The Ethics of Social Change

by Michael Potemra

 

I’ve been working on a thought experiment that I’d like to share with readers, not because I think it’s a slam dunk for either side in the current marriage argument, but simply because it fascinates me. Here goes:

I’m a concerned Israelite citizen in the early-monarchy period, and I have come to believe that it’s morally wrong for King David to have more than one wife. I know he’s a national hero, and beloved of the Lord, and “the sweet psalmist of Israel”: All the more reason, say I, that he should set an example by getting rid of all of his concubines and all but one of his wives.

Now: In this thought experiment, I am just one Israelite citizen. I don’t have the police power of a Bull Connor, or the concentration-camp system of a Kim Jong Il to enforce my views. I’m just an ordinary Israelite who has an idea for moral reform. Should I try, through nonviolent political persuasion, to convince my fellow Israelites and our King David (blessings be upon him!), of my point of view? Or would this be an attempt on my part to impose a “dictatorship of relativism,” or something even worse — not just a relativist dictatorship, in which I claim that my opinion is equally as good as King David’s, but an absolute dictatorship, in which I claim that my opinion is actually better than King David’s? At the very least, I would be trying to change society’s clear definition of marriage — as a sacred relationship of a man and a woman and a woman and a woman and a woman and a woman and a woman, and a concubine and a concubine and a concubine and a concubine and a concubine and a concubine and a concubine — in conformity to my own whim. They didn’t have the word Jacobin in ancient Israel, but my brazen view would certainly qualify as something analogous.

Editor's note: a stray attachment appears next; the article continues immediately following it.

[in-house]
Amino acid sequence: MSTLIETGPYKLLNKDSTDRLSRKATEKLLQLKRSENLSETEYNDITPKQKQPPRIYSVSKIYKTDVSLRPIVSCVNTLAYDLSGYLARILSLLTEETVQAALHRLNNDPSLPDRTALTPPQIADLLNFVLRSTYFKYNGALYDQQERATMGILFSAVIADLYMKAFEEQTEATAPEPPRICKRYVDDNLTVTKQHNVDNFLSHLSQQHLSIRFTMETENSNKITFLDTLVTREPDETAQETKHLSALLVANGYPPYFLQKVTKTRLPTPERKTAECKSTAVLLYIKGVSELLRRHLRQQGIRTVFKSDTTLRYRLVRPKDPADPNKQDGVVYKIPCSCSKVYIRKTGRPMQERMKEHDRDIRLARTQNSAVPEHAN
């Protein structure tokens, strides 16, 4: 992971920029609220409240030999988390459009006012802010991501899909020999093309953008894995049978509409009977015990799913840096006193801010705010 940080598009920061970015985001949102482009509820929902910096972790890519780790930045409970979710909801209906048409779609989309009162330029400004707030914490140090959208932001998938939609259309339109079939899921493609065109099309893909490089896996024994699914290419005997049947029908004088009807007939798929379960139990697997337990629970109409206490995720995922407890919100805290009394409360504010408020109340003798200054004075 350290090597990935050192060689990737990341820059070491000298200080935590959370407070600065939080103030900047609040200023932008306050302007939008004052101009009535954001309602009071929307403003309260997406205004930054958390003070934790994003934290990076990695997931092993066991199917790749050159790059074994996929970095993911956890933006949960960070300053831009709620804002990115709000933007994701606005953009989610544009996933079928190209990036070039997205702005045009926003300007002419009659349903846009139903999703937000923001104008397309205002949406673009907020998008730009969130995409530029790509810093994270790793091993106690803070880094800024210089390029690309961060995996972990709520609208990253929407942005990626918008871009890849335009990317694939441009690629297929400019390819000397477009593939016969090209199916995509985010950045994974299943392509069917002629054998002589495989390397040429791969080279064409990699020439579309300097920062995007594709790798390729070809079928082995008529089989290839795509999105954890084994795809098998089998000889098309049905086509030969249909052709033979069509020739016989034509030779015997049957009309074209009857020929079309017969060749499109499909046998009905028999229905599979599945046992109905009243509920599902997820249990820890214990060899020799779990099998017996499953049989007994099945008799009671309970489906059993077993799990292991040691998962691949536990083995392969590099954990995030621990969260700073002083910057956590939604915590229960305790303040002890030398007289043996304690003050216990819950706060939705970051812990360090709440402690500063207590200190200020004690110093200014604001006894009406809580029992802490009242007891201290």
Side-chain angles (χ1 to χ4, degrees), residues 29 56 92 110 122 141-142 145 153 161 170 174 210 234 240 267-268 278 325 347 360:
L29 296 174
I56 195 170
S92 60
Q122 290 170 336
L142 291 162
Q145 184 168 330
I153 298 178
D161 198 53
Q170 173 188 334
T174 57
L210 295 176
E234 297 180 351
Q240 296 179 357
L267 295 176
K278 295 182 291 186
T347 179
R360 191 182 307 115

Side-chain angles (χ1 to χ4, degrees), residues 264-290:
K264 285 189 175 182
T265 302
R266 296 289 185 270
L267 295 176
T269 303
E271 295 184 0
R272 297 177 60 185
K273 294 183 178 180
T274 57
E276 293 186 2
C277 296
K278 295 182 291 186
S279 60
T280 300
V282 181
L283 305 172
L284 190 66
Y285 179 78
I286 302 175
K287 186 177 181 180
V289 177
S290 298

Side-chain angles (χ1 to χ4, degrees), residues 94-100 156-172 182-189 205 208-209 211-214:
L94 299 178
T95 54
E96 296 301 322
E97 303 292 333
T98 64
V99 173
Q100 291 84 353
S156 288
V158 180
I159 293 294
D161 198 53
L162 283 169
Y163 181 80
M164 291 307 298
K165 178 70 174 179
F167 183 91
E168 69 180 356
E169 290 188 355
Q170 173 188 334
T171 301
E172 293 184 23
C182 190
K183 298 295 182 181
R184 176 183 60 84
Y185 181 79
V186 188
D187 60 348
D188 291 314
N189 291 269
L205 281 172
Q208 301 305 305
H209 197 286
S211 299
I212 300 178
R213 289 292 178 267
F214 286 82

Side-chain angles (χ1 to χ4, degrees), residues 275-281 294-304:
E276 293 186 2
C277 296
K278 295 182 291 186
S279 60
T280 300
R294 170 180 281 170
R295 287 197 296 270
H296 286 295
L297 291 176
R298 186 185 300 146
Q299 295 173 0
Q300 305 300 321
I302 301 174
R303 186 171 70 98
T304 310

The fact that King David appears to have God’s approval for all his wives and concubines — with the one stark exception that God is angry with him for the way in which he got one of them (Bathsheba, via killing her husband) — would certainly give me pause.

So: Should I be brave, and express my opinion in the public square of Jerusalem? Or should I refrain, lest I undermine the institutions that have brought Israel to its cultural zenith?

I believe in absolute truth. It’s the underpinning of any coherent metaphysics, and indeed, I think, of any coherent worldview at all. But I also believe that the way in which we apprehend truth — and the way in which society comes to realize and institutionalize such  truths as we do, haltingly, apprehend — can be very hard to diagram.

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